|First posted 2/2/2021.|
Writer(s): Madonna, Shep Pettibone (see lyrics here)
Released: March 20, 1990
First Charted: April 6, 1990
Peak: 13 US, 13 CB, 14 RR, 23 AC, 16 RB, 14 UK, 13 CN, 15 AU (Click for codes to singles charts.)
Sales (in millions): 2.79 US, 0.66 UK, 6.0 world (includes US + UK)
Airplay/Streaming (in millions): -- radio, 199.0 video, -- streaming
Awards: (Click on award for more details).
About the Song:
“Vogue” was originally planned as the B-side to “Keep It Together,” the fifth single from Madonna’s Like a Prayer album. Shep Pettibone, who wrote and produced the song with Madonna said, “The record company went bananas, her manager went bananas. Everybody said, ‘This is a major hit smash record – we’re not going to lose it as a B-side.’” BR1
Instead, it became the first single for her next album, I’m Breathless. The album was a departure for Madonna as it served as a soundtrack to Dick Tracy, a movie in which she was cast as the love interest to Warren Beatty in the title role. Three of the songs were written by Stephen Sondheim for the movie and the others were written to be sun in character in a jazz-swing mode.
The exception was “Vogue,” an “upbeat house song” WK which Pettibone acknowledged “wasn’t written for that movie or for that album.” BR1 Vogueing originated in the gay community as a dance movement in which dancers struck poses and used elaborate hand movements. SF Pettibone said he was surprised Madonna wanted to do a song about it. It “had been around for a while and it was also semi-passe. People were saying, ‘What’s the next thing? That’s over.’” BR1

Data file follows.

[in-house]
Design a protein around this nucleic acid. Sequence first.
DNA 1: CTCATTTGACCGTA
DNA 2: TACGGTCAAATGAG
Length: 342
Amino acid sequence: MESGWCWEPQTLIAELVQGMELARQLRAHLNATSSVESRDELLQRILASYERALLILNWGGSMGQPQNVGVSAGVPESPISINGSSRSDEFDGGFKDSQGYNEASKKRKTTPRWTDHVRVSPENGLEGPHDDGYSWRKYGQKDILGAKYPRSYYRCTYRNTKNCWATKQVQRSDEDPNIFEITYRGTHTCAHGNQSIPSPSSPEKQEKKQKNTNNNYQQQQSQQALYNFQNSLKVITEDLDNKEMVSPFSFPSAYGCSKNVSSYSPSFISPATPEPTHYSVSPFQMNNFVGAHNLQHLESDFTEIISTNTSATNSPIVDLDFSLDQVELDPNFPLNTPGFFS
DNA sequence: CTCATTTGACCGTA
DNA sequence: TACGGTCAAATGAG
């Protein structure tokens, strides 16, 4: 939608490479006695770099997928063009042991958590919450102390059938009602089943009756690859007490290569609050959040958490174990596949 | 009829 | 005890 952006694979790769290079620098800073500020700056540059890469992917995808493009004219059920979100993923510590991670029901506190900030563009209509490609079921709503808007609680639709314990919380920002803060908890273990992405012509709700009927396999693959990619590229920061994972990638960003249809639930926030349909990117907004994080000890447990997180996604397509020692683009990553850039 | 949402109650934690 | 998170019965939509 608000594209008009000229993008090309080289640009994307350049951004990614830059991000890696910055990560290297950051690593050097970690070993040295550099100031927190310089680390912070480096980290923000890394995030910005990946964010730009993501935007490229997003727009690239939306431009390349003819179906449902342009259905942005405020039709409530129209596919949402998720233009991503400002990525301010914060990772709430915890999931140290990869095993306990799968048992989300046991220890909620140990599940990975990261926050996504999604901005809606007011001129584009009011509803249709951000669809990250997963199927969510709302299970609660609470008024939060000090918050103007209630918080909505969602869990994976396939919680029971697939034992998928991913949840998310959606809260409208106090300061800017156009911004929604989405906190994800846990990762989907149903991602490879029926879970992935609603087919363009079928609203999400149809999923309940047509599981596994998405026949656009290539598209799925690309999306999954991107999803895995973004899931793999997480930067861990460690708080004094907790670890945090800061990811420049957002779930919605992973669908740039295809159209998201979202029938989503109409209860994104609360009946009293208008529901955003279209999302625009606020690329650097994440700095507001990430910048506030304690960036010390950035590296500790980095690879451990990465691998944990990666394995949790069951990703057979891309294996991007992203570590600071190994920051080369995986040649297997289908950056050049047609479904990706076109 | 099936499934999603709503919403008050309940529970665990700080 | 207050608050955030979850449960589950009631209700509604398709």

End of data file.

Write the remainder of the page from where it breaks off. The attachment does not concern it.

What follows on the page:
Of course, in Madonna’s hands the song brought the underground dance movement into the mainstream. It became the world’s best-selling single of 1990. WK Fans and critics celebrated it as one of her career highlights. All Music Guide’s Jose F. Promis called it “one of the biggest all-time house music hits” and “one of her crowning artistic achievements both song-wise and video-wise.” AMG
Lyrically, the song addresses escapism and being able to feel free on the dance floor while it sonically reflected strong influences from disco music of the ‘70s. Patrick Leonard, who also wrote and produced with Madonna, said “It was a beautiful piece of music that resembles art in a big way.” BR1
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